… for nothing left to lose. Kris Kristofferson, Me and Bobby McGee
At 06:00, I booked in at the hospital, bright eyed and bushy tailed. I had to get undressed and put on one of those reverse surgical gowns that never in a million years will cover your bum. After zillions of forms had been completed and I had been ECG-ed and my blood pressure and temperature taken, the anesthesiologist came to see me. He was a young guy and tried to put me at ease with un-funny jokes. I smiled to please him. My nerves were just fine – I was rearing to go. I had read Micah’s blog on surgery, Neutrois Nonsense, with excellent tips and advice (Thanks, Micah!), so I was mentally and emotionally prepared.
Then the surgeon came to see me. He was not wearing blue or green scrubs, but white, with advertising slogans. “Buy Shogun knives, I use them in theater.” Not really, but you get my drift. He had me stand up and started drawing magic marker modern art lines and dots on them udders, before taking out his little measuring tape to mark the areas where the nipples would be replaced. He said he was going to leave some fat, as otherwise my chest would look “wilted.” He told me about a surgeon who used to graft nipples to the bum area and re-grafted them after the breasts had healed. One woman did not want to have them removed from her bum, as her husband had become quite fond of her “bum-titties.” It takes all kinds…
At 08:15, I had to walk to the theater – a willing lamb to the slaughter. After being made comfortable on the narrow bed, the clown sent me to la-la land from which I awoke at 10:45 in the recovery room. The nurse asked me if I was nauseous and I replied that I was ravenously hungry for a plate of steak and fries! I seldom if ever eat steak, so I considered it a good omen for a changed me 🙂 !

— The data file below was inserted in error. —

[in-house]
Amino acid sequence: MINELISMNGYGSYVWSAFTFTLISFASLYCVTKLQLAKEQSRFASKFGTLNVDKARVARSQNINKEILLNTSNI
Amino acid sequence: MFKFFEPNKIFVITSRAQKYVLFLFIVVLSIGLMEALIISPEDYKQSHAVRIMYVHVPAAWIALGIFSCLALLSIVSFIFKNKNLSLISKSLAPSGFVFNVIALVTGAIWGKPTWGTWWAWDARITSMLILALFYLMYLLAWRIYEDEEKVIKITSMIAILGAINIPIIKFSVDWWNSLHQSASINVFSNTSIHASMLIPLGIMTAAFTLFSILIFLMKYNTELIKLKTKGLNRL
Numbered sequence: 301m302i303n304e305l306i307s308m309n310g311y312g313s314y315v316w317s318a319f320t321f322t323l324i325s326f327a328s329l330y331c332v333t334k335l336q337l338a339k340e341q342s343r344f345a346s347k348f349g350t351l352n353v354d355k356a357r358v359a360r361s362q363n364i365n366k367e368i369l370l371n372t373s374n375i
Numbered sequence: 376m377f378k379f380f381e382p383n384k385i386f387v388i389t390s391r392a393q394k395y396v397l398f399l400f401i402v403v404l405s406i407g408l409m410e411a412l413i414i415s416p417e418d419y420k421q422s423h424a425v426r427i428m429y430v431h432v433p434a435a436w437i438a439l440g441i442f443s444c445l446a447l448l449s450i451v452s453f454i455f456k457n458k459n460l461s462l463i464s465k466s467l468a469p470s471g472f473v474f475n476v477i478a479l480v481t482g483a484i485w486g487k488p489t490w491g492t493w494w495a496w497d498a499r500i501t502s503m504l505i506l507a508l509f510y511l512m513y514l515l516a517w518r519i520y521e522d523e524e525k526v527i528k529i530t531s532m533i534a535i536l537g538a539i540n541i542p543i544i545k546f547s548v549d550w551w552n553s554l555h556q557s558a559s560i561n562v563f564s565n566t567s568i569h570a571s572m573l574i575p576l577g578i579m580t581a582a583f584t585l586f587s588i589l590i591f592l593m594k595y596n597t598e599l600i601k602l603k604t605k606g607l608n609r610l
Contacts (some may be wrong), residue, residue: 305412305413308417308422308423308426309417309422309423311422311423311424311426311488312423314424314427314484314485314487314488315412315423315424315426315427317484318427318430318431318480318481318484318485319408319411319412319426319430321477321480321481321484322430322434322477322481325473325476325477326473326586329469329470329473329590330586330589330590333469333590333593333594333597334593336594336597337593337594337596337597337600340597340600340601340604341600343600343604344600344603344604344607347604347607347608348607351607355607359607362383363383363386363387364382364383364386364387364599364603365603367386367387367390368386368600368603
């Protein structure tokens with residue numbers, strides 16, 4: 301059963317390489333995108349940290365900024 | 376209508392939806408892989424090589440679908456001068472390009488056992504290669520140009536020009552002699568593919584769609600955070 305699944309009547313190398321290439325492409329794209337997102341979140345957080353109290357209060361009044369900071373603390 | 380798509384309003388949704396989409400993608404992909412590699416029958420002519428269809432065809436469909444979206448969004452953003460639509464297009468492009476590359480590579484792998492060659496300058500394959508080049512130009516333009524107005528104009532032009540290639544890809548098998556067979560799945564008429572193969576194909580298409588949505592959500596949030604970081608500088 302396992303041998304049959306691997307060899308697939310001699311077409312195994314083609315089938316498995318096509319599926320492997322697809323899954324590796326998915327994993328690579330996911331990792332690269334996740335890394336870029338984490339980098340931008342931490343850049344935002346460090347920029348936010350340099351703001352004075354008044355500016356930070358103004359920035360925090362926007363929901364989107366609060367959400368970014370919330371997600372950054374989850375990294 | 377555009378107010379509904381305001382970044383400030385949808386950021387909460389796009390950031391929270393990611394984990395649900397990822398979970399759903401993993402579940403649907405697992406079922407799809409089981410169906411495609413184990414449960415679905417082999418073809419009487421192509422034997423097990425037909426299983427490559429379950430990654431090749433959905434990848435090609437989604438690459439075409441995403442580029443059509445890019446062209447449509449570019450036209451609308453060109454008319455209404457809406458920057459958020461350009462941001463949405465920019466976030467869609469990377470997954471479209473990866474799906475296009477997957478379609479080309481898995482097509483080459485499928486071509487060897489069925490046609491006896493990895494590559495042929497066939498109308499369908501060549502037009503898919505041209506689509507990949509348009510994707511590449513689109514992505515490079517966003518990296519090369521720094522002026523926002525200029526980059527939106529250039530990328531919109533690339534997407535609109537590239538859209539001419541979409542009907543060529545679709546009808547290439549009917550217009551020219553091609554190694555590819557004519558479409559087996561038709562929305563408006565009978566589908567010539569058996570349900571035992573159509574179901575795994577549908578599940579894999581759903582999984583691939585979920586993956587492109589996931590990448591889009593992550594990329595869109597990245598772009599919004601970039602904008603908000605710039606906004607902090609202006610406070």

I was taken to a general ward where I spent the night linked up to a monitor, on a drip and with drains from both sides of my chest. It was a bit of a hassle having to drag the monitor on wheels to the toilet, but I would willingly have dragged an army tank at that stage.
The next morning, the surgeon came to me on his rounds and discharged me from hospital. I had to keep the drains in. Yesterday his nurse removed them at his rooms. I am pain free on the pain meds, just swollen and with a slight burning feeling across my chest
I have however not been able to visualize my chest without them udders. My mind refuses to accept that that they are gone. “Seeing is believing, buster!” it tells me, so till after the swollen areas are no longer swollen and the taping has been removed, my brain sees virtual breasts. But I can wait, I have waited more than forty years for this day…